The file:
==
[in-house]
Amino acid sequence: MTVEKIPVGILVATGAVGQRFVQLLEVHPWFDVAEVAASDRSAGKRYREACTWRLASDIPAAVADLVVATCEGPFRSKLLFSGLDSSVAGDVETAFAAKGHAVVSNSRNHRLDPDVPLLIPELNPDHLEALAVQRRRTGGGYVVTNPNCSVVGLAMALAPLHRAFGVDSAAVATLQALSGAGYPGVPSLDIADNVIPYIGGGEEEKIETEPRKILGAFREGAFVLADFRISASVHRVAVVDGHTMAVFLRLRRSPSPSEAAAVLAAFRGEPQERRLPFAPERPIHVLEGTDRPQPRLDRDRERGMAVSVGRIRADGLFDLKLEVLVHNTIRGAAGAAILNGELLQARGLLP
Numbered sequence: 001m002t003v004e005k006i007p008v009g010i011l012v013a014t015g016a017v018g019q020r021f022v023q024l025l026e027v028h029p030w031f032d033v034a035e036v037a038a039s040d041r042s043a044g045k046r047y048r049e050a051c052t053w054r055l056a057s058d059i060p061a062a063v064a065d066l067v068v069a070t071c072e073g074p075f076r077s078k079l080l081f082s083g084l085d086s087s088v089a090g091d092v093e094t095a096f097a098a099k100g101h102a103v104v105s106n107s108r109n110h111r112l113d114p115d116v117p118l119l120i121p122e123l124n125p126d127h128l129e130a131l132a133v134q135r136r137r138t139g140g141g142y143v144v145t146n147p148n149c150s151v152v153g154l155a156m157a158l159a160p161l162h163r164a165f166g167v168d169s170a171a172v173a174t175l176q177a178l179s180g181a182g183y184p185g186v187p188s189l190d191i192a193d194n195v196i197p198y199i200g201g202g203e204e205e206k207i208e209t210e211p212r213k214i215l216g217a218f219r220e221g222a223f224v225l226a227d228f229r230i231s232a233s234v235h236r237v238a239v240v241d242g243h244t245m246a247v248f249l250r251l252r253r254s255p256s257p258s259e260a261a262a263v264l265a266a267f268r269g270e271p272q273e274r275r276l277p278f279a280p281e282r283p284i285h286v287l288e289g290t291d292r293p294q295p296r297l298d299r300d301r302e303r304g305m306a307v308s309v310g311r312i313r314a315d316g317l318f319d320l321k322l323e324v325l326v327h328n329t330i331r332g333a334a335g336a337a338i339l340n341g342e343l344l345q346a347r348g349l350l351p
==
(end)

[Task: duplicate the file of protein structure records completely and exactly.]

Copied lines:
[in-house]
Amino acid sequence: MTVEKIPVGILVATGAVGQRFVQLLEVHPWFDVAEVAASDRSAGKRYREACTWRLASDIPAAVADLVVATCEGPFRSKLLFSGLDSSVAGDVETAFAAKGHAVVSNSRNHRLDPDVPLLIPELNPDHLEALAVQRRRTGGGYVVTNPNCSVVGLAMALAPLHRAFGVDSAAVATLQALSGAGYPGVPSLDIADNVIPYIGGGEEEKIETEPRKILGAFREGAFVLADFRISASVHRVAVVDGHTMAVFLRLRRSPSPSEAAAVLAAFRGEPQERRLPFAPERPIHVLEGTDRPQPRLDRDRERGMAVSVGRIRADGLFDLKLEVLVHNTIRGAAGAAILNGELLQARGLLP
Numbered sequence: 001m002t003v004e005k006i007p008v009g010i011l012v013a014t015g016a017v018g019q020r021f022v023q024l025l026e027v028h029p030w031f032d033v034a035e036v037a038a039s040d041r042s043a044g045k046r047y048r049e050a051c052t053w054r055l056a057s058d059i060p061a062a063v064a065d066l067v068v069a070t071c072e073g074p075f076r077s078k079l080l081f082s083g084l085d086s087s088v089a090g091d092v093e094t095a096f097a098a099k100g101h102a103v104v105s106n107s108r109n110h111r112l113d114p115d116v117p118l119l120i121p122e123l124n125p126d127h128l129e130a131l132a133v134q135r136r137r138t139g140g141g142y143v144v145t146n147p148n149c150s151v152v153g154l155a156m157a158l159a160p161l162h163r164a165f166g167v168d169s170a171a172v173a174t175l176q177a178l179s180g181a182g183y184p185g186v187p188s189l190d191i192a193d194n195v196i197p198y199i200g201g202g203e204e205e206k207i208e209t210e211p212r213k214i215l216g217a218f219r220e221g222a223f224v225l226a227d228f229r230i231s232a233s234v235h236r237v238a239v240v241d242g243h244t245m246a247v248f249l250r251l252r253r254s255p256s257p258s259e260a261a262a263v264l265a266a267f268r269g270e271p272q273e274r275r276l277p278f279a280p281e282r283p284i285h286v287l288e289g290t291d292r293p294q295p296r297l298d299r300d301r302e303r304g305m306a307v308s309v310g311r312i313r314a315d316g317l318f319d320l321k322l323e324v325l326v327h328n329t330i331r332g333a334a335g336a337a338i339l340n341g342e343l344l345q346a347r348g349l350l351p